Halfway through the semester, I learned a new word: orthorexia. It means having an unhealthy obsession with eating healthily, an irony that was not lost on me as I stood in line at the Berkeley Bowl watching my groceries be rung up. Wild, line-caught salmon, pesticide-free strawberries -- by now, those were normal. But organic ice cream? Was I really now concerned about the origins of my junk food, worrying whether a mint-chocolate-chip-producing cow had access to pasture? I felt myself burning with self-righteous anger at having to be so self-righteous. I wanted to know the answer to one question: after wreaking so much havoc on my own life, what, exactly, did Pollan eat? So I did what any rational person would: I demanded to see the contents of his refrigerator.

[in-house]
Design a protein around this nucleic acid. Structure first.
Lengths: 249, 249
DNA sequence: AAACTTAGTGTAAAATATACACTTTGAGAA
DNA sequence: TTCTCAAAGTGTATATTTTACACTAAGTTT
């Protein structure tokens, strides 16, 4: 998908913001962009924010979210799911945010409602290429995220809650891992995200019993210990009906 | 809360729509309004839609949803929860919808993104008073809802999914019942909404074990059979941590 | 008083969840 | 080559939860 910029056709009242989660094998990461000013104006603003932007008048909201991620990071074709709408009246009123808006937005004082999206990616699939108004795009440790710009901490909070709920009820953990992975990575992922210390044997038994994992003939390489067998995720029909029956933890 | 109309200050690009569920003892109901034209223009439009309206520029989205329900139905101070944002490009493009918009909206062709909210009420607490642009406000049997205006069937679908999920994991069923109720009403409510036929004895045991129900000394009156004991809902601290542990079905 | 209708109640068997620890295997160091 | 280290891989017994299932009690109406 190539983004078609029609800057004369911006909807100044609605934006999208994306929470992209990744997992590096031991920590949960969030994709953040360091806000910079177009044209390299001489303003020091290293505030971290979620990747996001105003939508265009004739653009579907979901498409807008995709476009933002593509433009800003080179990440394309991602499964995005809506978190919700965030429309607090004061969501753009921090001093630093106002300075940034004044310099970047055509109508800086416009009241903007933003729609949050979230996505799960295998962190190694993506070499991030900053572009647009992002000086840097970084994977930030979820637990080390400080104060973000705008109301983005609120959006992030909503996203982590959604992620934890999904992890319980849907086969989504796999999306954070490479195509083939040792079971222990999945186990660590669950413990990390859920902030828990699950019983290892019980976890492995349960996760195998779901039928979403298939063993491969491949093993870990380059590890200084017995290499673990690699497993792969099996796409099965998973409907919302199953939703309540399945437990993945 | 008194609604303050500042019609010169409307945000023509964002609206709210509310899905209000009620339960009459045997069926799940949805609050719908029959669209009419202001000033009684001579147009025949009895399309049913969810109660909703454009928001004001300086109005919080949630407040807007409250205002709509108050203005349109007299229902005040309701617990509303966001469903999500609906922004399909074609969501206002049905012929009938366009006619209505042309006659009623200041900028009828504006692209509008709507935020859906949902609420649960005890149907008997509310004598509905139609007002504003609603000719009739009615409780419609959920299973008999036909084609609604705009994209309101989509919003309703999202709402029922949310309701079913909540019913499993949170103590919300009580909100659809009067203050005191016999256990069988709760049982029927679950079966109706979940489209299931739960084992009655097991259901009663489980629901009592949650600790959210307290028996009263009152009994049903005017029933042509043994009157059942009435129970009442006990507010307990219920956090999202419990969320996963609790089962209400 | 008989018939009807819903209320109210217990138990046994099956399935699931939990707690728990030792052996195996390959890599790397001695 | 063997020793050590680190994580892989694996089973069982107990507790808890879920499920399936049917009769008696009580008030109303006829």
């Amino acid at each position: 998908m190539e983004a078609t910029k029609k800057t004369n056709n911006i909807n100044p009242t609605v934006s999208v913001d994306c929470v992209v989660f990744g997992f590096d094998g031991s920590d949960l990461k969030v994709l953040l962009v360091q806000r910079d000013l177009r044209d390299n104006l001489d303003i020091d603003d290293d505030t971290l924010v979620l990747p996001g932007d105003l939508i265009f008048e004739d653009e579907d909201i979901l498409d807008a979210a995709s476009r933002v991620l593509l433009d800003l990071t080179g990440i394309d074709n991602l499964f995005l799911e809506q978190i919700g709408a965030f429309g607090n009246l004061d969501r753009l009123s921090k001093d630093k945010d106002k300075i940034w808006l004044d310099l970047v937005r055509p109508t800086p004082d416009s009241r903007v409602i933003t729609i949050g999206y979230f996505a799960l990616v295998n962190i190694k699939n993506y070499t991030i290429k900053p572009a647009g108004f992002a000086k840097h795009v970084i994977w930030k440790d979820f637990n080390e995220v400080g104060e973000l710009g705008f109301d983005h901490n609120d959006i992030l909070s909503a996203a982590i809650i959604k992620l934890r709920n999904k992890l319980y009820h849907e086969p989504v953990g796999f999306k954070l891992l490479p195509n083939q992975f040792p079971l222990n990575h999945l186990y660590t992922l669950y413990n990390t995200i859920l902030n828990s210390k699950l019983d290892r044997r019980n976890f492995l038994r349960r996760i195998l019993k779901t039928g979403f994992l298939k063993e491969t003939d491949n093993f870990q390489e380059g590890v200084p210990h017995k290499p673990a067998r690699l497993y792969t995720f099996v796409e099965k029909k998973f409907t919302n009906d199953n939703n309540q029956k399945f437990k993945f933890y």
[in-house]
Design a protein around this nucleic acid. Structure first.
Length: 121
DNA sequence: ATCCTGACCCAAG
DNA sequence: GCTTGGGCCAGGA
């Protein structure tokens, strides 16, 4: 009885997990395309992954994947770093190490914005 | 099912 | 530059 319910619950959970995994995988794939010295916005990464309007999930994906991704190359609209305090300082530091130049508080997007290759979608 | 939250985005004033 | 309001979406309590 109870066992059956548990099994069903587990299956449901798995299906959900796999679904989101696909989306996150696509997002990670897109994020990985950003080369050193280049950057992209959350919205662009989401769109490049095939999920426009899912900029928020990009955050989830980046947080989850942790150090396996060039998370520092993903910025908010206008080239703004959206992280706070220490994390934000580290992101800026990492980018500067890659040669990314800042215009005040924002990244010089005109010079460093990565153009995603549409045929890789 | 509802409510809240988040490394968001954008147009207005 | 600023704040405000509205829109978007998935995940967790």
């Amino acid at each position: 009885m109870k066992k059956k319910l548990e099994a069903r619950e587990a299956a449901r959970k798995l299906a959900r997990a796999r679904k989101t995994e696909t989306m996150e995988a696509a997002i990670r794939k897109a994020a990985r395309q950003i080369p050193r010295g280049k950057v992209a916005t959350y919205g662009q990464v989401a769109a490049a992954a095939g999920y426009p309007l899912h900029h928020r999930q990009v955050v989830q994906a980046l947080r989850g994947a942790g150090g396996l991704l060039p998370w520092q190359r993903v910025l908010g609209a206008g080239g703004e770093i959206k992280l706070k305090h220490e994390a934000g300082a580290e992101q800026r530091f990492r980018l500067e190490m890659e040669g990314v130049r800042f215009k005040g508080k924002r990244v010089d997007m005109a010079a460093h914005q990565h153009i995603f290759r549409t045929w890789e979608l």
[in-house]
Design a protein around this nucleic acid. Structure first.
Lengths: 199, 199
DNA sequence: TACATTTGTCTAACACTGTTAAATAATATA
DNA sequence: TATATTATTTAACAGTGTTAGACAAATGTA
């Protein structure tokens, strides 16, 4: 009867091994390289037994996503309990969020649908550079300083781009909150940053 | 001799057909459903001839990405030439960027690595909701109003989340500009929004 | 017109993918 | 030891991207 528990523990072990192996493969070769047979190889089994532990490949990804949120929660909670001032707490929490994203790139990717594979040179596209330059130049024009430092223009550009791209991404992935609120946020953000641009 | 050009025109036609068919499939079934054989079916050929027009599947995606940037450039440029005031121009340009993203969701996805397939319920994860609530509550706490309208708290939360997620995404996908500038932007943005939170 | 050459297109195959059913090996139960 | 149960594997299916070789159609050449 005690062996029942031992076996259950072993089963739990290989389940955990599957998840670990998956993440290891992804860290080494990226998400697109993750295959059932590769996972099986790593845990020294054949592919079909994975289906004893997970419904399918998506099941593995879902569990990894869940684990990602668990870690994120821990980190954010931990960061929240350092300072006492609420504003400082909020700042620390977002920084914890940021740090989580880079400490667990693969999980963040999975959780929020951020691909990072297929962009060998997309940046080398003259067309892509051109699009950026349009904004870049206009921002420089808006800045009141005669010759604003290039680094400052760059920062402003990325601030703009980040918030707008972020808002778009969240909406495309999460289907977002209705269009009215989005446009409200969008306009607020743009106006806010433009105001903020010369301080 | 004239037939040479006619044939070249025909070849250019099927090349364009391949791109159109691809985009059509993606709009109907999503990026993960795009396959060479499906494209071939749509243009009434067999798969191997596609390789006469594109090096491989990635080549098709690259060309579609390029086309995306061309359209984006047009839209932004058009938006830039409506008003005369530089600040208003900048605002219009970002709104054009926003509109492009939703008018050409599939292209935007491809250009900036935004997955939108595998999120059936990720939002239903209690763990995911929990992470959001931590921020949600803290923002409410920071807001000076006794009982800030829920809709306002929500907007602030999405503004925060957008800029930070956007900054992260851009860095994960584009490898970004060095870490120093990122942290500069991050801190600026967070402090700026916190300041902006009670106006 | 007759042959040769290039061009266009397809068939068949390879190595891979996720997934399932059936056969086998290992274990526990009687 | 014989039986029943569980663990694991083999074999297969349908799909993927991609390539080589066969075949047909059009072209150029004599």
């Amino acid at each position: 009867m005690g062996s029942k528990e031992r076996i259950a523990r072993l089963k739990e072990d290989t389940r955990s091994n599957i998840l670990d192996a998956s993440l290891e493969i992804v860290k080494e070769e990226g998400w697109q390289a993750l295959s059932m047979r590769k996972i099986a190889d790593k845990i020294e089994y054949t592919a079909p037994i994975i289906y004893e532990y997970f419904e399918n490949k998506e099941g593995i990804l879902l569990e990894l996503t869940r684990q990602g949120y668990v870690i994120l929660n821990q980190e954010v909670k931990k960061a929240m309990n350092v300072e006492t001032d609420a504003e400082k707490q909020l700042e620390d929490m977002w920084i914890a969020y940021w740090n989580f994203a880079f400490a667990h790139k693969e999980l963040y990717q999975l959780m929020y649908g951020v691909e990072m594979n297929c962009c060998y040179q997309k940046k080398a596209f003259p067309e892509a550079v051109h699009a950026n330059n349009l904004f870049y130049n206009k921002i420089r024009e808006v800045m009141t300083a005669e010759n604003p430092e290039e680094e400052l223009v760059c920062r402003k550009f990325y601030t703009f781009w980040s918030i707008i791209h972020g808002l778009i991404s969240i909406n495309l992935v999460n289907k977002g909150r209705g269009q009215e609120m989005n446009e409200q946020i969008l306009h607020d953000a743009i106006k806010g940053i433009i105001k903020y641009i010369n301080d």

Michael Pollan was one of my teachers at UC Berkeley's Graduate School of Journalism and don't get me wrong -- he is smart, thoughtful, a fantastic teacher and an all-around great human being. But, as I pointed out in the San Francisco Chronicle, he still ruined my life.